This post originally appeared on an artist friend, Caroline C. Blaker’s, blog. Caroline is an Albuquerque, NM artist that I have had the pleasure of knowing for around three years now. She has graciously given me permission to re-post the blog here. Please visit the link to her website and check out her colorful, inspired art!
Caroline C. Blaker
One way to support an Artist is to buy art. If this isn’t an option for you, there are costless ways to make a huge difference in an artist’s career path. Any person who loves the art of an artist can make a huge difference.
Many people feel that supporting an artist beyond compliments and verbal encouragement is out of their reach if they don’t have money to buy artwork. While the best way to support an artist is to (buy art and) support their livelihood, here are a few things that are free, that make a huge difference to the artist you would like to support.
1. Share their work ~ Do you have a Facebook account? Twitter? StumbleUpon? Guess what – if you said yes, you also have a network outside of the reach of the artist you would like to help, and chances are your network and you share a lot of common interests, so why not this artist? The options are endless here: share one piece, their portfolio, their blog, their events, their entire website, their facebook page – and the list goes on. Don’t know quite what to share? Ask the Artist!
Untitled with Spirals by .carolinecblaker.
2. Volunteer time or skills ~ If you live near an artist this is easy – hang a show with him or her. Help set up a studio open-house, or just go to the artist’s events, talk to strangers on their behalf, and start conversations about the art. Don’t live near the artist? You can still write a blog for them, talking about your opinions of their work, or introduce their work to somebody else in your network, one on one, who you feel may be as interested as you are.
3. Participate ~ if the artist you know is collecting materials of any kind, this is a fantastic way to support them. My collection of credit cards would be nowhere without 5 specific awesome people – yet I could be completely buried in credit cards if only a percent more of my fan base saved their solicitation credit cards they get in the mail, rather than throwing them away. Chances are, if you are able to collect it, the artist will willingly and gratefully facilitate the transportation of materials back to his/her studio for use.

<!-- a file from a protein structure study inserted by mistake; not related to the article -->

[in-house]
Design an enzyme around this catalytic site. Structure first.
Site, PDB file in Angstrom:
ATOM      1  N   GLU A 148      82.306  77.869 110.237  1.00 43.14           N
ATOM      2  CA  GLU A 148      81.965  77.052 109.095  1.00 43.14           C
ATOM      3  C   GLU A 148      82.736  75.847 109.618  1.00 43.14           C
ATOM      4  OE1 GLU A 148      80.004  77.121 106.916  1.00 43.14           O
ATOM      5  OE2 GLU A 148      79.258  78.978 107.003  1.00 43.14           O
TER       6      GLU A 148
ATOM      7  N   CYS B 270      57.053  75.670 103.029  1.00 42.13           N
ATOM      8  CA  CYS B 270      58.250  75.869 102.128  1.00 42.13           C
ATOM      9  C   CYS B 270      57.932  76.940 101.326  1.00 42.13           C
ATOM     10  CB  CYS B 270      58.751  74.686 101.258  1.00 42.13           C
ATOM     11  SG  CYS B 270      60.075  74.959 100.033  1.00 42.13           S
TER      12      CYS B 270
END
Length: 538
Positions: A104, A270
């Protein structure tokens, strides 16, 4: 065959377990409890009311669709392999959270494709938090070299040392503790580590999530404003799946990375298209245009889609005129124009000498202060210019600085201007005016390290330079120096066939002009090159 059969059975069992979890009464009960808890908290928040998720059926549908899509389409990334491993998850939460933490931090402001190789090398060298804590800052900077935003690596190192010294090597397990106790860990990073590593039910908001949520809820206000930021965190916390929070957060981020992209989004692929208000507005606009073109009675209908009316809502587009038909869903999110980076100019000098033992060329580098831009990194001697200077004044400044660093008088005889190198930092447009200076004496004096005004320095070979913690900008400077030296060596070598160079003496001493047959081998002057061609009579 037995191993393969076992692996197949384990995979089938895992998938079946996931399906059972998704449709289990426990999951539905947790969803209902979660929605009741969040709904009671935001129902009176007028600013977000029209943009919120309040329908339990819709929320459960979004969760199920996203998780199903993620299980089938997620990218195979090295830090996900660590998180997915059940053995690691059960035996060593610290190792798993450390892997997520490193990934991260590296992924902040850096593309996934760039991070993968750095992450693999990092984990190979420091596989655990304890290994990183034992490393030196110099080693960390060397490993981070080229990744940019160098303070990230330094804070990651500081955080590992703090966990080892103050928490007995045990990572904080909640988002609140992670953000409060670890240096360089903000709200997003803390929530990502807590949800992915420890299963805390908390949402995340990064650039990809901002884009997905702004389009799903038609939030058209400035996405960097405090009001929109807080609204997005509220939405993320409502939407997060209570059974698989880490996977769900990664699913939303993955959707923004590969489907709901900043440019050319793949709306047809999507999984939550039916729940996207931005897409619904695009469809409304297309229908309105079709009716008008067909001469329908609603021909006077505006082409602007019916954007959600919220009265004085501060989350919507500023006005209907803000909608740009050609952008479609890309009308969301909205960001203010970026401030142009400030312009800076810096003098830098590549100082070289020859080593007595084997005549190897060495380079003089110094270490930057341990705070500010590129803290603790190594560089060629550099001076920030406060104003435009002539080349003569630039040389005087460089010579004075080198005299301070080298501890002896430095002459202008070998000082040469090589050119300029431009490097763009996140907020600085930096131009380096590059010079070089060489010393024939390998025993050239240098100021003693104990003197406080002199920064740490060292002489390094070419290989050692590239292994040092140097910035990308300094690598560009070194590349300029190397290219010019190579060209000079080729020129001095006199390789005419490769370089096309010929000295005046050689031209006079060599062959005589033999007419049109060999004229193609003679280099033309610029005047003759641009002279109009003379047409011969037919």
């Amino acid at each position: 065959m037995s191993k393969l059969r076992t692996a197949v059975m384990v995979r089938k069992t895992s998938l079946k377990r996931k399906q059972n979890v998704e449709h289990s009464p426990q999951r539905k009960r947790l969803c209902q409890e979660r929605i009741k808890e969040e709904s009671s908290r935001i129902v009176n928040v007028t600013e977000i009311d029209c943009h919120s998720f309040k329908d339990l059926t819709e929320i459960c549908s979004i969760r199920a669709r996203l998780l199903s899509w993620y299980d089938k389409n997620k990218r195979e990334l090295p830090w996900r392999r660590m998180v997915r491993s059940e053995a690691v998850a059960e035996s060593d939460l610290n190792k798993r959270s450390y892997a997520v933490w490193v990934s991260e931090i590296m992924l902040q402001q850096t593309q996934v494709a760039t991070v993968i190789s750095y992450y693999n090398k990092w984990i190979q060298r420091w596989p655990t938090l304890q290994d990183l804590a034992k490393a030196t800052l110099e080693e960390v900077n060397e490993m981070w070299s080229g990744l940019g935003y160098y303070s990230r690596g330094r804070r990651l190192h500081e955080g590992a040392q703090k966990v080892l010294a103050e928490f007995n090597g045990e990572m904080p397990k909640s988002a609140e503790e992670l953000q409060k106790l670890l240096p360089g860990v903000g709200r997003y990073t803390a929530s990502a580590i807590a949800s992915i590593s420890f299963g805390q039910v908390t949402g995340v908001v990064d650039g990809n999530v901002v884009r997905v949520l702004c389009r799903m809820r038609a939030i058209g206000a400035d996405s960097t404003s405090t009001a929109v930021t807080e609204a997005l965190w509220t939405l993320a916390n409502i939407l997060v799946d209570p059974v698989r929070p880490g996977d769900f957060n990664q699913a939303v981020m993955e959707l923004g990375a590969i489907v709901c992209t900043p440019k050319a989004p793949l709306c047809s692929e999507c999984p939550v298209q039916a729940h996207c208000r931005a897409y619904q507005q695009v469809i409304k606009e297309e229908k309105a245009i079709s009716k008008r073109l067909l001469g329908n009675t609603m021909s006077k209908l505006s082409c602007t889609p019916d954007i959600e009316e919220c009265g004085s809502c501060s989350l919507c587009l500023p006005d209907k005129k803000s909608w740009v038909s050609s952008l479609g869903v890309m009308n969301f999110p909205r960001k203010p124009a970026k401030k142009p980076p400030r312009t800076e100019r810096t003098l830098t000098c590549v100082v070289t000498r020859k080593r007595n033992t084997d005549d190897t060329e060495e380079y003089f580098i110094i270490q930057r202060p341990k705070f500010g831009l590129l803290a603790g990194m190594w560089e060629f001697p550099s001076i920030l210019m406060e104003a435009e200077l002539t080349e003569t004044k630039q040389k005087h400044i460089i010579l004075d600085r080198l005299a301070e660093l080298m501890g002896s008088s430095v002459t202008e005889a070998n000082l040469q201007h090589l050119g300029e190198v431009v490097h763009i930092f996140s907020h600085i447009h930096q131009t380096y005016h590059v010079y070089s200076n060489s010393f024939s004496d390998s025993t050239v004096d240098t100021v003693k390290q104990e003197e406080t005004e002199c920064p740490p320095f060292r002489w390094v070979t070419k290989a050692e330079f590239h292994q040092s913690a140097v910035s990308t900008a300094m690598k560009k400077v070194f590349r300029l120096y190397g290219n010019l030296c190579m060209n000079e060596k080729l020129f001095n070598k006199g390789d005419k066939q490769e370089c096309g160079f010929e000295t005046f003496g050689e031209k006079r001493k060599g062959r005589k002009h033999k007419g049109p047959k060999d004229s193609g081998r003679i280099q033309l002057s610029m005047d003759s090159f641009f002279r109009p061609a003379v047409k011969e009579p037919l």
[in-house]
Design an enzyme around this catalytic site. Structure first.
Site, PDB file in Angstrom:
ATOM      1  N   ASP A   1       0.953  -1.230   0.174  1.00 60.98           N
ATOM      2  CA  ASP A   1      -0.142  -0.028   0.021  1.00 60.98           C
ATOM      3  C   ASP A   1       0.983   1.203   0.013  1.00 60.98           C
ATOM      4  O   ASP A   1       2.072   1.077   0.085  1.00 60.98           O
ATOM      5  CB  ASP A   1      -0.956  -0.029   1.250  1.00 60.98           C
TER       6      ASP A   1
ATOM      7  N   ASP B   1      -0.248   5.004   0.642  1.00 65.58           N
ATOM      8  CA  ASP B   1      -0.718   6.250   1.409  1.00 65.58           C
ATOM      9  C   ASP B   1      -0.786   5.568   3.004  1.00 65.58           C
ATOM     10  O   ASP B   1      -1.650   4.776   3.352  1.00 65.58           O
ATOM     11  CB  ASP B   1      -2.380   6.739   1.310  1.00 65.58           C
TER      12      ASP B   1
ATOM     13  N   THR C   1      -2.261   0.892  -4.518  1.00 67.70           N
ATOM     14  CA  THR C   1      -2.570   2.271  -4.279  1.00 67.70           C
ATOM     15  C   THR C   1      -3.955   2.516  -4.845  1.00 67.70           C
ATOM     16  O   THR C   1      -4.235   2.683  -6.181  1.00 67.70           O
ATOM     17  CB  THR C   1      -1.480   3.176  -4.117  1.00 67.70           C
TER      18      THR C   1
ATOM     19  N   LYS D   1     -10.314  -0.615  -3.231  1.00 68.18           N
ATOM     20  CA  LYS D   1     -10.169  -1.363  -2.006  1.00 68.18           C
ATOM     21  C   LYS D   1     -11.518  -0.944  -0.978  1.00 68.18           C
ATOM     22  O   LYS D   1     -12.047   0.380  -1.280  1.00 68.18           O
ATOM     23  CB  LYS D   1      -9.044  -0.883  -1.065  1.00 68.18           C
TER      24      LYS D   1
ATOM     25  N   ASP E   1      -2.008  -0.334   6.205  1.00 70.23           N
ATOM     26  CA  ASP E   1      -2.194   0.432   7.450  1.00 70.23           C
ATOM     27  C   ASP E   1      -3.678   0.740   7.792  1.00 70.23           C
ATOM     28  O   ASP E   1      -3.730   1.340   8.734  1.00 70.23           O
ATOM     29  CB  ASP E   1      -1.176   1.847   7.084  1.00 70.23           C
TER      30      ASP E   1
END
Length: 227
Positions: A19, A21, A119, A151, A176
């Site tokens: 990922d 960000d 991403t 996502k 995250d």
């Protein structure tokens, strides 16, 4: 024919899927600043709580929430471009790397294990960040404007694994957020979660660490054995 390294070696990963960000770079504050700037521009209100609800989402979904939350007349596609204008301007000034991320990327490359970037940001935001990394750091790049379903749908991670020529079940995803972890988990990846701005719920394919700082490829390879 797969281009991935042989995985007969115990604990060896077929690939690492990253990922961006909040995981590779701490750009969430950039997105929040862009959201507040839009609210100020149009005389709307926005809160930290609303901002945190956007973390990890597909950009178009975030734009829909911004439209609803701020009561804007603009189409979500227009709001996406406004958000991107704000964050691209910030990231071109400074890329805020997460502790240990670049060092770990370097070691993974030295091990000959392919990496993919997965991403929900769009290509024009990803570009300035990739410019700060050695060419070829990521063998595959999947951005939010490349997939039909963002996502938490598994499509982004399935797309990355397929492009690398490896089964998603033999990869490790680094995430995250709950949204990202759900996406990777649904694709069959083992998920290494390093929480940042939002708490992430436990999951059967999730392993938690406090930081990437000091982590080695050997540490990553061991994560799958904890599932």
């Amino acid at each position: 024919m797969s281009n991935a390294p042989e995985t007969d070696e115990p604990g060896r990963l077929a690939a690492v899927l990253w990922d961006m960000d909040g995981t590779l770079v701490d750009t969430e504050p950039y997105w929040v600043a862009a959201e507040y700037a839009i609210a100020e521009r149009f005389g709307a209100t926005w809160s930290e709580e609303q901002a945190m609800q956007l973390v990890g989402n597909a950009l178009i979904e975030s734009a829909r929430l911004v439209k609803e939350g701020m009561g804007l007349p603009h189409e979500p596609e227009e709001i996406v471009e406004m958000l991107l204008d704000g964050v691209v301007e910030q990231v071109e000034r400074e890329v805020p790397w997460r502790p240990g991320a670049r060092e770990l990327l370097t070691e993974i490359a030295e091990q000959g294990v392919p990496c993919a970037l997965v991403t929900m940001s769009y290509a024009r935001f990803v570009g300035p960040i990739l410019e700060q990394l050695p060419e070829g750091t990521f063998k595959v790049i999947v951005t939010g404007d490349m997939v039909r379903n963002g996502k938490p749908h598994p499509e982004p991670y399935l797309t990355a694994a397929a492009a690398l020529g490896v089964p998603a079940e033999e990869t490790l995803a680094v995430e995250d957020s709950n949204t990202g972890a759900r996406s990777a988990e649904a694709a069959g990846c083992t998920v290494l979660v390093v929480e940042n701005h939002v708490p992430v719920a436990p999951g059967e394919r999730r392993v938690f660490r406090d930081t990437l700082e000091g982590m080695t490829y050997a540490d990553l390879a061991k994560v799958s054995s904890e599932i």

4. Inform them ~ Have a favorite gallery? Or just a place you drive by all the time that reminds you of them? Know of an upcoming exhibit that you feel they would like? Did you go to a show and end up speaking about an artist to someone, or see work that reminded you of theirs? Artists who are trying to emerge mainly seek opportunities to expand their reach to a relevant audience, something that is a lot trickier than it may appear to you, as someone they have already reached. If you have a quick tip or direction, they will do all the work to pursue it, and you will get all the credit!
5. Be ready ~read their content, subscribe to their newsletter, and have conversations with them about the work you like or the content they send. Know some key points to their artist statement. Know where they come from and what they value about their background. When you have the opportunities to act on the previous points, you will be educated enough about this artist to be able to share them, volunteer, participate, or inform them with relevance and timeliness.
Let me tell you a little secret – an artist’s popularity isn’t defined by the sales they make. It’s defined by the number of people who know about them and admire their work. Secondarily, it’s also defined by the number of people who hate their work. As much as a fan will tell their friends about a great experience they had somewhere, or a great product they bought, or a great artist who inspires them, an average consumer will talk five times more about a product they hate, an awful experience somewhere, and maybe even art that they saw and hated. Artists deal with a lot of rejection, but attention is attention, and if a person is fired up about artwork, either positively or negatively, and they talk about it, it counts as valuable publicity and attention. Even better, the folks that don’t like it, who share it as “bad” (or whatever they come up with,) are unwittingly supporting this artist whom they despise.Popularity, more than any other thing, drives art sales throughout the art industry.
Assuming this, there is no network that is unsuitable for promoting this artist you like, especially not yours. And yes; your time, attention, words, and information all count, and the artist should notice – and if they don’t, there’s nothing wrong with bringing it to their attention. They will react with gratitude and take notice that you are paying attention to what they are doing, and if they don’t, don’t feel the need to continue supporting them. Without a captive audience, artists never reach the collectors, buyers, or patrons who have the power to make or break their career. The bigger this audience is, the better the artist’s chance at succeeding at what they are trying to do – sustain themselves solely with their artwork, and the better their chances at sales in general, even if you never buy anything.
You can play a role in the success of your favorite artist, a big one, without any money at all. You just have to want to support them – then take action.